Poverty and social exclusion in rural areas: Spain / Elvira Gonzalez. Directorate-General for Employment, Social Affairs and Equal Opportunities of the European Commission, 2008.
Spain is mainly a rural country, with more than 47% of its territory considered predominantly rural, according to the OECD methodology. Despite the importance of rural areas, only 15% of the population live in those areas and they contribute to just 12% of total Spanish GVA. The most worrying trends in terms of rural poverty can be found in the so-called non-competitive inland territories, whereas the coastal and periurban regions have achieved advantageous economic and social conditions. A large share of those areas is located in the northern tableland of the peninsula and in mountainous regions. The excessive population aging, the exodus of youth (especially women), and the decline of the agrarian sector are the main socioeconomic handicaps, which in turn are reflected in the lack of essential social services, transport infrastructures and communications.
The United Kingdom
Poverty and social exclusion in rural areas: UK – Scotland / Philomena De Lima. Directorate-General for Employment, Social Affairs and Equal Opportunities of the European Commission, 2008.
It is widely acknowledged that rural Scotland is not a single entity and encompasses a wide range of areas from remote rural and island areas to those closer to larger urban settlements and towns. It is recognised that there are a number of risk factors associated with some rural areas in Scotland that results in increasing the vulnerability of some groups and individuals to poverty/disadvantage. These include: weak research and innovation capacity and lack of universities in some rural areas; lack of a strong diverse economic base; limited transport infrastructure increases the isolation and distance from markets for some rural areas; limited employment opportunities and the concentration of poorly paid and seasonal work; and demographic trends which include, ageing population, low birth rates and out migration of young people (DTI, 2006).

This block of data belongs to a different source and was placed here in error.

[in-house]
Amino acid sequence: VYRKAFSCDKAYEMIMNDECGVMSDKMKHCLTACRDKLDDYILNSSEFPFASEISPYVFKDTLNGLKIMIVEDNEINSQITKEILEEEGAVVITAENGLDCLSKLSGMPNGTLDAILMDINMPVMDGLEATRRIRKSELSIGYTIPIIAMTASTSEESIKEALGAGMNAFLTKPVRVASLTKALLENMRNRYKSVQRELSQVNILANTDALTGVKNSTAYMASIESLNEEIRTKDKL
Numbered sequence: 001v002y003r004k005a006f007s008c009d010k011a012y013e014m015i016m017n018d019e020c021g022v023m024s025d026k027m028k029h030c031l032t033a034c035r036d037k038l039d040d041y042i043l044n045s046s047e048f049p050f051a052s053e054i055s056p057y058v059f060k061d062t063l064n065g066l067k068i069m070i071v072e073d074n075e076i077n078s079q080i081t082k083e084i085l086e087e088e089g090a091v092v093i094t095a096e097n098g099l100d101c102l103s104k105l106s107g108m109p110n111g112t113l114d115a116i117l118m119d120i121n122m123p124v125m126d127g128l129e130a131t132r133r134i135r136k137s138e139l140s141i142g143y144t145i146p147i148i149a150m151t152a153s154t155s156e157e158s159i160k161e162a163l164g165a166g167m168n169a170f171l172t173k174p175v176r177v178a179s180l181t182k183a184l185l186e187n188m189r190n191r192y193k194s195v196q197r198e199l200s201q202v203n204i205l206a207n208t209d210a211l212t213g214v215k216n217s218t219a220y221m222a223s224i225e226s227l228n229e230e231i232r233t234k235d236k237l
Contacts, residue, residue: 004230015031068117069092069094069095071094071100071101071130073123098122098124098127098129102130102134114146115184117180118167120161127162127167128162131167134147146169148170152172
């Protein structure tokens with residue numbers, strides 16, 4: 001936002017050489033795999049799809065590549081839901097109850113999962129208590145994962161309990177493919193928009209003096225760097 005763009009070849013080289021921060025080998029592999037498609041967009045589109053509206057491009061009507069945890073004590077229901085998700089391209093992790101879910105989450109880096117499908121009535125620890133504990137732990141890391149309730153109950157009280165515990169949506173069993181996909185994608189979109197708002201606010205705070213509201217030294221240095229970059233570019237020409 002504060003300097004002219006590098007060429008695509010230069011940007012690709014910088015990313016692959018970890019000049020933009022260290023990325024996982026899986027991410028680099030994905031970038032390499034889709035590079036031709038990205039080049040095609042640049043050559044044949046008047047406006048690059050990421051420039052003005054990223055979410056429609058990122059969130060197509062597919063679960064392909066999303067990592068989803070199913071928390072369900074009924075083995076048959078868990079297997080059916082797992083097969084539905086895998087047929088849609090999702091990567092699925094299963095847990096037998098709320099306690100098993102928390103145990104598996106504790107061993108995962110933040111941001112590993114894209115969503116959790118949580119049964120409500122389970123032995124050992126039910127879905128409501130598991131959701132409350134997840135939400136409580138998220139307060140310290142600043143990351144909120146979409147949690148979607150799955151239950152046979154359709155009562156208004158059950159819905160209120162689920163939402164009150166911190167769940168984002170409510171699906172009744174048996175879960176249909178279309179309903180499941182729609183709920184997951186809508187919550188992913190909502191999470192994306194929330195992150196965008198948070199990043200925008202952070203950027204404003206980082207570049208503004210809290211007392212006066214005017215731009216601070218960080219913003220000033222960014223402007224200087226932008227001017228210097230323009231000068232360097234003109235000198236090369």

Rural isolation, poverty and rural community/farmer wellbeing – scoping paper / Mark Allen. Northern Ireland Assembly, Research and Information Service Briefing Paper, June 2014.
This scoping paper explores the topical issues of rural isolation, poverty and rural community/farmer wellbeing, which have been identified as topics of interest by the Members of the ARD Committee.
Sustainable Poverty Escapes: Spotlight on Multidimensional Poverty / Vidya Diwakar. Chronic Poverty Advisory Network, November 2016.
This report focuses on multidimensional poverty, as measured by household deprivations in health, education, and living standards, using panel datasets for Uganda, rural Ethiopia, and rural Bangladesh. The aim of this study is to understand why some households are able to escape poverty and remain out of it -that is, they experience sustained escapes from poverty- while others escape poverty only to return to living in it again, and yet others remain trapped in chronic poverty. In particular, the report investigates the contextual drivers of households that build their resilience capacities, enabling them to escape multidimensional poverty sustainably and minimize the likelihood of remaining in poverty, returning to living in poverty after an escape, or becoming impoverished.